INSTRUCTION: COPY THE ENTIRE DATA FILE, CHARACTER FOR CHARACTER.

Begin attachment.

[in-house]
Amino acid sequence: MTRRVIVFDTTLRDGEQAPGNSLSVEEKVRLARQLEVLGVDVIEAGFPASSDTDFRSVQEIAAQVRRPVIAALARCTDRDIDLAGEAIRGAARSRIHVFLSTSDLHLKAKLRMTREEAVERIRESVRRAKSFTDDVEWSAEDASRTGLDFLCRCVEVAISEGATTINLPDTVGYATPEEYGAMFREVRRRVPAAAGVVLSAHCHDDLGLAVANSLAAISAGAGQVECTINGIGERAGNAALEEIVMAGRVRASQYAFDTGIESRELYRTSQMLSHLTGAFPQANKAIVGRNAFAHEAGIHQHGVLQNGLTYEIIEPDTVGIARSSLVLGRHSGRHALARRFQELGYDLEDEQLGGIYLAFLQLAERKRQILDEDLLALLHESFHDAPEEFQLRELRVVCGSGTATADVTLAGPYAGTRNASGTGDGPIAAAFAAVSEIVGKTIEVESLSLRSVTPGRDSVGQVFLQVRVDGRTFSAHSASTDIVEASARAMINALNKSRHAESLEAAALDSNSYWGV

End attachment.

[in-house]
Amino acid sequence: MTRRVIVFDTTLRDGEQAPGNSLSVEEKVRLARQLEVLGVDVIEAGFPASSDTDFRSVQEIAAQVRRPVIAALARCTDRDIDLAGEAIRGAARSRIHVFLSTSDLHLKAKLRMTREEAVERIRESVRRAKSFTDDVEWSAEDASRTGLDFLCRCVEVAISEGATTINLPDTVGYATPEEYGAMFREVRRRVPAAAGVVLSAHCHDDLGLAVANSLAAISAGAGQVECTINGIGERAGNAALEEIVMAGRVRASQYAFDTGIESRELYRTSQMLSHLTGAFPQANKAIVGRNAFAHEAGIHQHGVLQNGLTYEIIEPDTVGIARSSLVLGRHSGRHALARRFQELGYDLEDEQLGGIYLAFLQLAERKRQILDEDLLALLHESFHDAPEEFQLRELRVVCGSGTATADVTLAGPYAGTRNASGTGDGPIAAAFAAVSEIVGKTIEVESLSLRSVTPGRDSVGQVFLQVRVDGRTFSAHSASTDIVEASARAMINALNKSRHAESLEAAALDSNSYWGV